- Slave owners were the minority. They owned at least 50 slaves and over 800 acres of land.
- Big plantations grew cotton, sugar, rice, and tobacco
- "Plain folk" made up the majority, and if they had slaves, they worked next to them on the field. 2/3 of them didn't own slaved at all.
- Poor Southern women would spin, weave, help supervise field hands, and do house labor.
- Rich Southern women were solely around for show.
- Poorer farmers also received a very restricted education.
- Hardly any women received an education. Some had basics, but many were illiterate. Wealthy women were sent to receive a higher education of training to be wives.
- The birthrate was 20% higher than in other parts of the United States, but about half of the infants died before turning 5 years of age.
- Not only would husbands have children with their wives, but they also sleep with their slaves and impregnate them. Half-black, half-white children were often produced and they would be added on to the masters slave population.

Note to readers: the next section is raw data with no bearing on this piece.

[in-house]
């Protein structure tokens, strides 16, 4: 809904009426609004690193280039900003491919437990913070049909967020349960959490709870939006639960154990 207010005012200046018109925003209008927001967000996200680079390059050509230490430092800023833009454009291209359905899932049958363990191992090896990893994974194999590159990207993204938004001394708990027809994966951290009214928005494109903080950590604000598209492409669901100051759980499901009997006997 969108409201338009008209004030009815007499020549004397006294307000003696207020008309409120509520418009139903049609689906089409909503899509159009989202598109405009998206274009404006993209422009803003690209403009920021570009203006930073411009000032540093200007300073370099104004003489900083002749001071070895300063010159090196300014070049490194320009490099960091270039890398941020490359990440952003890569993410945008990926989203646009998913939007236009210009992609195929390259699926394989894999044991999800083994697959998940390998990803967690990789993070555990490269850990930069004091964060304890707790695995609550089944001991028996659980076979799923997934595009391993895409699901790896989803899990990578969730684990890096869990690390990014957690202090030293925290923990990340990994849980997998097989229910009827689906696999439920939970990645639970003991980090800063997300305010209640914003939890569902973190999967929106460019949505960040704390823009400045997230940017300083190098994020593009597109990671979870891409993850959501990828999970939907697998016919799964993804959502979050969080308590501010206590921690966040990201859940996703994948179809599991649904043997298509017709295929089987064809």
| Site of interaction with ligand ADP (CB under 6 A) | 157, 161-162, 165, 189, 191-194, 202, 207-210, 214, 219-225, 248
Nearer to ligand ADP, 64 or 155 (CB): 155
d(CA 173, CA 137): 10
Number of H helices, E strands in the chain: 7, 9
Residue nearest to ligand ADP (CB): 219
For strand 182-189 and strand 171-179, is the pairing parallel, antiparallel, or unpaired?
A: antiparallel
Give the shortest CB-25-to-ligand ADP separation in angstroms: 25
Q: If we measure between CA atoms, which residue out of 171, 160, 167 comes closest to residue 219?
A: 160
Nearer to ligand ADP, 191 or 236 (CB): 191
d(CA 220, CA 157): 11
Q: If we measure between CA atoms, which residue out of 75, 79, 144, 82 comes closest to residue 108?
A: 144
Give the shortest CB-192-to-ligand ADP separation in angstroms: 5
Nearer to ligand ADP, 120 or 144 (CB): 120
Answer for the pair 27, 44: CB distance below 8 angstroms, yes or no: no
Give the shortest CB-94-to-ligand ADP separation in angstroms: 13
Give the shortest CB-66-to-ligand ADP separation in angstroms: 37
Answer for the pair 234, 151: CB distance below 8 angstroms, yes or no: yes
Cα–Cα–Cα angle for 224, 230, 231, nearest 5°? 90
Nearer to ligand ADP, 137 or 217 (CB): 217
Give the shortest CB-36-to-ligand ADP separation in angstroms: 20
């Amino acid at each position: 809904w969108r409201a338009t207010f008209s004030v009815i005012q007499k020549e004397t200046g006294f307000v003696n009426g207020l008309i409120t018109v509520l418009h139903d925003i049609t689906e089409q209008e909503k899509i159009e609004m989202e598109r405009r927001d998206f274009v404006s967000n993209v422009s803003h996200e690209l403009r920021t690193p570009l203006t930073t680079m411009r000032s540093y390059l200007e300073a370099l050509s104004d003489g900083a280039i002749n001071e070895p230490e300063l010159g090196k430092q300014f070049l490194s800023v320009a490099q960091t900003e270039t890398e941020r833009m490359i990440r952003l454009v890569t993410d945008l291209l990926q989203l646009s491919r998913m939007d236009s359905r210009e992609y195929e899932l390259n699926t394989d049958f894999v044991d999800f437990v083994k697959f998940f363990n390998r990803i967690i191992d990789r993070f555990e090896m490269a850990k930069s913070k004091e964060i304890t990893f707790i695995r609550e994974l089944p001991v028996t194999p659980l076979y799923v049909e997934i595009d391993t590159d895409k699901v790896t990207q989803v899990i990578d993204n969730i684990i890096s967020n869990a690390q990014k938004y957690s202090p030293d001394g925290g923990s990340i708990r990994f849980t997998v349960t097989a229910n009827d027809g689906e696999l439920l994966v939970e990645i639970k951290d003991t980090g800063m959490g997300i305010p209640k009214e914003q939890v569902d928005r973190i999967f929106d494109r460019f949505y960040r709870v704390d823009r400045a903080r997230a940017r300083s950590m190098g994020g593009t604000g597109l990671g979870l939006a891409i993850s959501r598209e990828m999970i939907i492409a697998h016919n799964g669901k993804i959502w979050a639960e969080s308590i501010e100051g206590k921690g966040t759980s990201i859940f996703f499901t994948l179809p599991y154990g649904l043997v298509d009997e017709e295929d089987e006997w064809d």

- It didn't matter how angry women would become over it because they couldn't speak of it due to social codes. Because of this, some became abolitionists/wanted to reform.
- There was a sense of "planter aristocracy" and they influenced many political, economical, and social aspects of the southern life.
- The rich men felt like they had to defend their honor and be especially chivalrous towards women. They would have duels and would be either a planter or part of the military. They would not find work in fade or commerce because they considered it below them.
- Slaves were greatly looked down on, but they were not the bottom class. Even slaves looked down on the poor white trash, or "crackers". However, these poor white people felt superior to the slaves just because of skin color, even though they were worse off than most slaves were.
Plantation System In Southern Life (1950)